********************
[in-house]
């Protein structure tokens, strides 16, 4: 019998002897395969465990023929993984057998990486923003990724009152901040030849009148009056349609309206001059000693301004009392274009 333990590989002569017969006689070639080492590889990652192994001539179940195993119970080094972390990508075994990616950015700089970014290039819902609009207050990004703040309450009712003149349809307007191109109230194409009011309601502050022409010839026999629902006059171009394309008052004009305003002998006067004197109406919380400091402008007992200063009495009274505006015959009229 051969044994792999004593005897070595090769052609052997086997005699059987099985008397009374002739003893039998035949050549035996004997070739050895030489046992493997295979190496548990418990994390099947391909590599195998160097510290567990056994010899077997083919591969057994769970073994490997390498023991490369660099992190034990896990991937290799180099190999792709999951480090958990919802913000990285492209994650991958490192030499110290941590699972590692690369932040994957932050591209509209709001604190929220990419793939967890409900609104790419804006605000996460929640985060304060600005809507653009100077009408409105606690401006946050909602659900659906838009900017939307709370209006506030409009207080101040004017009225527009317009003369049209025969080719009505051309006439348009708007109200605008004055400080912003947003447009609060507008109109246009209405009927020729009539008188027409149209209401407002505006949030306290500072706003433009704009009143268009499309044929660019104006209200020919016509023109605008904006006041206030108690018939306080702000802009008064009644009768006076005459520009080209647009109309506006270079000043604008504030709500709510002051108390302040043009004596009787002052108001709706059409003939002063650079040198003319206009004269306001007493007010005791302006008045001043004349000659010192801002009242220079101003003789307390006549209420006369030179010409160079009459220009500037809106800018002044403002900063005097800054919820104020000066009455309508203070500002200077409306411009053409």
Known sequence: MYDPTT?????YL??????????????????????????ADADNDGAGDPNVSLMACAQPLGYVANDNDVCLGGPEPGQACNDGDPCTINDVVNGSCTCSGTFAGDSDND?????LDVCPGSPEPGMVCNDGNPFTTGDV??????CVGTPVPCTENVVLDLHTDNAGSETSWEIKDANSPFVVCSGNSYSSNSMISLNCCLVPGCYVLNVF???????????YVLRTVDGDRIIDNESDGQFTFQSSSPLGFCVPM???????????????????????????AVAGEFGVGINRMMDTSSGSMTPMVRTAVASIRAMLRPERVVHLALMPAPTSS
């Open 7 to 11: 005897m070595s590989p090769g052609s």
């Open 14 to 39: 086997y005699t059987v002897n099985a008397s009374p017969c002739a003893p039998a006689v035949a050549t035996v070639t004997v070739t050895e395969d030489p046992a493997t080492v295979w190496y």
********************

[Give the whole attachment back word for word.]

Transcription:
[in-house]
């Protein structure tokens, strides 16, 4: 019998002897395969465990023929993984057998990486923003990724009152901040030849009148009056349609309206001059000693301004009392274009 333990590989002569017969006689070639080492590889990652192994001539179940195993119970080094972390990508075994990616950015700089970014290039819902609009207050990004703040309450009712003149349809307007191109109230194409009011309601502050022409010839026999629902006059171009394309008052004009305003002998006067004197109406919380400091402008007992200063009495009274505006015959009229 051969044994792999004593005897070595090769052609052997086997005699059987099985008397009374002739003893039998035949050549035996004997070739050895030489046992493997295979190496548990418990994390099947391909590599195998160097510290567990056994010899077997083919591969057994769970073994490997390498023991490369660099992190034990896990991937290799180099190999792709999951480090958990919802913000990285492209994650991958490192030499110290941590699972590692690369932040994957932050591209509209709001604190929220990419793939967890409900609104790419804006605000996460929640985060304060600005809507653009100077009408409105606690401006946050909602659900659906838009900017939307709370209006506030409009207080101040004017009225527009317009003369049209025969080719009505051309006439348009708007109200605008004055400080912003947003447009609060507008109109246009209405009927020729009539008188027409149209209401407002505006949030306290500072706003433009704009009143268009499309044929660019104006209200020919016509023109605008904006006041206030108690018939306080702000802009008064009644009768006076005459520009080209647009109309506006270079000043604008504030709500709510002051108390302040043009004596009787002052108001709706059409003939002063650079040198003319206009004269306001007493007010005791302006008045001043004349000659010192801002009242220079101003003789307390006549209420006369030179010409160079009459220009500037809106800018002044403002900063005097800054919820104020000066009455309508203070500002200077409306411009053409």
Known sequence: MYDPTT?????YL??????????????????????????ADADNDGAGDPNVSLMACAQPLGYVANDNDVCLGGPEPGQACNDGDPCTINDVVNGSCTCSGTFAGDSDND?????LDVCPGSPEPGMVCNDGNPFTTGDV??????CVGTPVPCTENVVLDLHTDNAGSETSWEIKDANSPFVVCSGNSYSSNSMISLNCCLVPGCYVLNVF???????????YVLRTVDGDRIIDNESDGQFTFQSSSPLGFCVPM???????????????????????????AVAGEFGVGINRMMDTSSGSMTPMVRTAVASIRAMLRPERVVHLALMPAPTSS
């Open 7 to 11: 005897m070595s590989p090769g052609s």
């Open 14 to 39: 086997y005699t059987v002897n099985a008397s009374p017969c002739a003893p039998a006689v035949a050549t035996v070639t004997v070739t050895e395969d030489p046992a493997t080492v295979w190496y």